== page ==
Almost all reports of sleep-related behavior are anecdotal --
-- because few of us have an accredited sleep disorders specialist sitting in a corner of our bedroom, taking notes every night. Likewise, few of us go to bed wired up to an EEG and various other monitoring devices, as is done during clinical sleep studies. If a sleep-related behavioral syndrome is sufficiently widespread, troublesome, or diagnostically useful, monitoring techniques may be devised that can record the event as it occurs; but there's no guarantee that that will happen.
To take just one example, cataplexy, one of the basic symptoms of narcolepsy, can be elusive in a clinical context. For many narcoleptics, episodes of cataplexy are triggered by specific emotional stimuli, which are different in every patient. Someone whose cataplexy is set off by emotions that don't normally occur during visits to a doctor's office is going to have to rely on anecdotal reporting. The only alternative is to try to arrange for circumstances that will prompt the desired response while the doctor is watching. If that sounds like the setup for a sitcom episode, let me assure you that the results can resemble one.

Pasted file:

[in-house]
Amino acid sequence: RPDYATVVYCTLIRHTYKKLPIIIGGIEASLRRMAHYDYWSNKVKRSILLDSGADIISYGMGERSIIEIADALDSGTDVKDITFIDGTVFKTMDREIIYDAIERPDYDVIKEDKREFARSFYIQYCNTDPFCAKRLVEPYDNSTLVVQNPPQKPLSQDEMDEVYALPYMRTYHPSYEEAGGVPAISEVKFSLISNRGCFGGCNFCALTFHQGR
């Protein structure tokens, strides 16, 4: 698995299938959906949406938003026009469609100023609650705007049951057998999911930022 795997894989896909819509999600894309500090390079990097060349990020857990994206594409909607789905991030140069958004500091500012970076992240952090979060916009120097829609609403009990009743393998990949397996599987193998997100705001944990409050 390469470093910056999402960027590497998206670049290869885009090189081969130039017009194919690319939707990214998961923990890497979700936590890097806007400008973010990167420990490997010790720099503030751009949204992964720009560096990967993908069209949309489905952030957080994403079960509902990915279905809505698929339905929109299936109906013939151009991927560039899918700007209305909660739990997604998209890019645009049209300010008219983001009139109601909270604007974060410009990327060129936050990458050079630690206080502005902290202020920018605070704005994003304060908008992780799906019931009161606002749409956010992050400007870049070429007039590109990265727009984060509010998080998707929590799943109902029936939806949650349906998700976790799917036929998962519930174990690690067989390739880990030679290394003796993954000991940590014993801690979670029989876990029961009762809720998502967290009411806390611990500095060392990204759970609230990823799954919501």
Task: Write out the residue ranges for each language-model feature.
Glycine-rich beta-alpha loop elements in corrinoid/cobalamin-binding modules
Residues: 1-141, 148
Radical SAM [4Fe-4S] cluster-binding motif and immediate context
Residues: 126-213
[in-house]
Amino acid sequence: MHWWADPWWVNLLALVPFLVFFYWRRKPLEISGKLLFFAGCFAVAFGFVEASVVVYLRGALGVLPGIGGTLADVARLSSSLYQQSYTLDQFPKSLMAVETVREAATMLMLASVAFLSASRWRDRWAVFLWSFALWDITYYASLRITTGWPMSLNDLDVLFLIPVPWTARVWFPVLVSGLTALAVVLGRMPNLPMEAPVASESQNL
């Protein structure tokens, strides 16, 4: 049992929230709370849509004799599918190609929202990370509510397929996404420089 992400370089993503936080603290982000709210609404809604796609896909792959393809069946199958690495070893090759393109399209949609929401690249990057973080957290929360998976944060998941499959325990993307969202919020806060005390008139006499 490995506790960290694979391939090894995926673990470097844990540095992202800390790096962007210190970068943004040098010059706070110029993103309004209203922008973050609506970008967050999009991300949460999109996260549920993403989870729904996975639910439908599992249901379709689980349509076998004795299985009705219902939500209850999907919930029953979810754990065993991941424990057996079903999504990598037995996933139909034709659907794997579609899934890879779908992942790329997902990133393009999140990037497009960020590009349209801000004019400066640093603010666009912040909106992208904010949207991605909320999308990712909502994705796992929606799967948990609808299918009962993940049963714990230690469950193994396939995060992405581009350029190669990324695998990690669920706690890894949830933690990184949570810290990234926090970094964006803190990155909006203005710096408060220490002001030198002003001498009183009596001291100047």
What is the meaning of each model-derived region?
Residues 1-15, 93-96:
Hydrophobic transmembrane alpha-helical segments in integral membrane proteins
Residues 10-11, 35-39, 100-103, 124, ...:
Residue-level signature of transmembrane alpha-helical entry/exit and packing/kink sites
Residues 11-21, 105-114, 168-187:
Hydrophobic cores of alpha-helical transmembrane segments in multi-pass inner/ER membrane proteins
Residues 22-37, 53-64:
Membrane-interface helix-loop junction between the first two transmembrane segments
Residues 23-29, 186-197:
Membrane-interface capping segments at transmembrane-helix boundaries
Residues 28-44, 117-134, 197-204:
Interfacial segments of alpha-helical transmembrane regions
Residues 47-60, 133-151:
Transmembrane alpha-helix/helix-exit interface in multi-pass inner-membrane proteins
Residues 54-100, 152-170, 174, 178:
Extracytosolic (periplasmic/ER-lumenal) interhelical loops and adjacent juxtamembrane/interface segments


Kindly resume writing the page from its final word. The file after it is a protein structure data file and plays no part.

Anyone who thinks that "supported only by anecdotal evidence" is sufficient grounds to dismiss reports of some odd somnolent behavior doesn't understand sleep disorders.